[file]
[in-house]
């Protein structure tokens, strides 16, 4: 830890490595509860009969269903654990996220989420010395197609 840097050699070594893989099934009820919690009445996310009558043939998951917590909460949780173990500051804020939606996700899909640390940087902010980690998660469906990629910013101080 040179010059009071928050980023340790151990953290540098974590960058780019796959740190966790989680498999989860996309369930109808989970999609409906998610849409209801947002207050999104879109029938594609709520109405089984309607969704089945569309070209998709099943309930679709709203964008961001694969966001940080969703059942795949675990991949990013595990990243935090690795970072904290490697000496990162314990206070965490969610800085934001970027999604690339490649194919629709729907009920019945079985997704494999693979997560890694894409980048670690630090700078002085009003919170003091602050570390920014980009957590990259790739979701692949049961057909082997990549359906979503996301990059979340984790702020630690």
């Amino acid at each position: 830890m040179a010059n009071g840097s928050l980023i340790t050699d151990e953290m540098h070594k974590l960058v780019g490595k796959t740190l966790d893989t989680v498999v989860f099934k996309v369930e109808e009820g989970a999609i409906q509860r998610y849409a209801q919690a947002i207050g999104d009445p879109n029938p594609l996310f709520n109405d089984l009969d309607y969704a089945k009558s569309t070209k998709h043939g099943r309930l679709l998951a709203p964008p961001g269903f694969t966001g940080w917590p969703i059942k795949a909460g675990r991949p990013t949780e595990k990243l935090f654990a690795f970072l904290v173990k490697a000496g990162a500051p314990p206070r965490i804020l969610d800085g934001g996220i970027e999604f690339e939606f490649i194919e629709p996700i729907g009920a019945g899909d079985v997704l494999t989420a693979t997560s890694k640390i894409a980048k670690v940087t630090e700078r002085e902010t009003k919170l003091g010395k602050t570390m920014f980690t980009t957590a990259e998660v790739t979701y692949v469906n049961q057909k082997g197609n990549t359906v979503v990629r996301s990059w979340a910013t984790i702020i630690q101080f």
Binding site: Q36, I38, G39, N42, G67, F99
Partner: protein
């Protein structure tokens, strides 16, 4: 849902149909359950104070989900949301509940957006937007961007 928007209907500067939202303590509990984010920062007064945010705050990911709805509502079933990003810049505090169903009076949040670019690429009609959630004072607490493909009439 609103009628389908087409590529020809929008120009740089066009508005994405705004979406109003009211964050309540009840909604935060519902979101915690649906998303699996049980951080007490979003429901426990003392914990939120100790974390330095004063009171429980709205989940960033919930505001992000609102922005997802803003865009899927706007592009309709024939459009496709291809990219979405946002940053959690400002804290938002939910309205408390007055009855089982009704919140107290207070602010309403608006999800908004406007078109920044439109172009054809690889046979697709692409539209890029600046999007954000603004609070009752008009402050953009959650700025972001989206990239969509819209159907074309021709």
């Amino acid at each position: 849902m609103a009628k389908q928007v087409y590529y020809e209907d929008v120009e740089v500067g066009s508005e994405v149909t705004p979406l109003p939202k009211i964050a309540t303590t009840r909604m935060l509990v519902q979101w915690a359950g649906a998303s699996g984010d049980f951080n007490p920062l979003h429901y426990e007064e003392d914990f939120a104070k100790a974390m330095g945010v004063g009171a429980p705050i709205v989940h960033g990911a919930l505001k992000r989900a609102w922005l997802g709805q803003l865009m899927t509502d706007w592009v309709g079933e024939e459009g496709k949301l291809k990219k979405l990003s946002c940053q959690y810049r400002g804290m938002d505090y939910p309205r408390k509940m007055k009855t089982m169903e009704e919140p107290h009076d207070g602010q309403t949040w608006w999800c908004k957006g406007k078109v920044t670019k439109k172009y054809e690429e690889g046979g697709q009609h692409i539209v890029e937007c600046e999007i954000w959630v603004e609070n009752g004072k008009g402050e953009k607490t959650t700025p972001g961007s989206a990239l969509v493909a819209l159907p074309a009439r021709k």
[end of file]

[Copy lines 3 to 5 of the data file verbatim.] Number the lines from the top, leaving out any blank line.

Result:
């Amino acid at each position: 830890m040179a010059n009071g840097s928050l980023i340790t050699d151990e953290m540098h070594k974590l960058v780019g490595k796959t740190l966790d893989t989680v498999v989860f099934k996309v369930e109808e009820g989970a999609i409906q509860r998610y849409a209801q919690a947002i207050g999104d009445p879109n029938p594609l996310f709520n109405d089984l009969d309607y969704a089945k009558s569309t070209k998709h043939g099943r309930l679709l998951a709203p964008p961001g269903f694969t966001g940080w917590p969703i059942k795949a909460g675990r991949p990013t949780e595990k990243l935090f654990a690795f970072l904290v173990k490697a000496g990162a500051p314990p206070r965490i804020l969610d800085g934001g996220i970027e999604f690339e939606f490649i194919e629709p996700i729907g009920a019945g899909d079985v997704l494999t989420a693979t997560s890694k640390i894409a980048k670690v940087t630090e700078r002085e902010t009003k919170l003091g010395k602050t570390m920014f980690t980009t957590a990259e998660v790739t979701y692949v469906n049961q057909k082997g197609n990549t359906v979503v990629r996301s990059w979340a910013t984790i702020i630690q101080f």
Binding site: Q36, I38, G39, N42, G67, F99
Partner: protein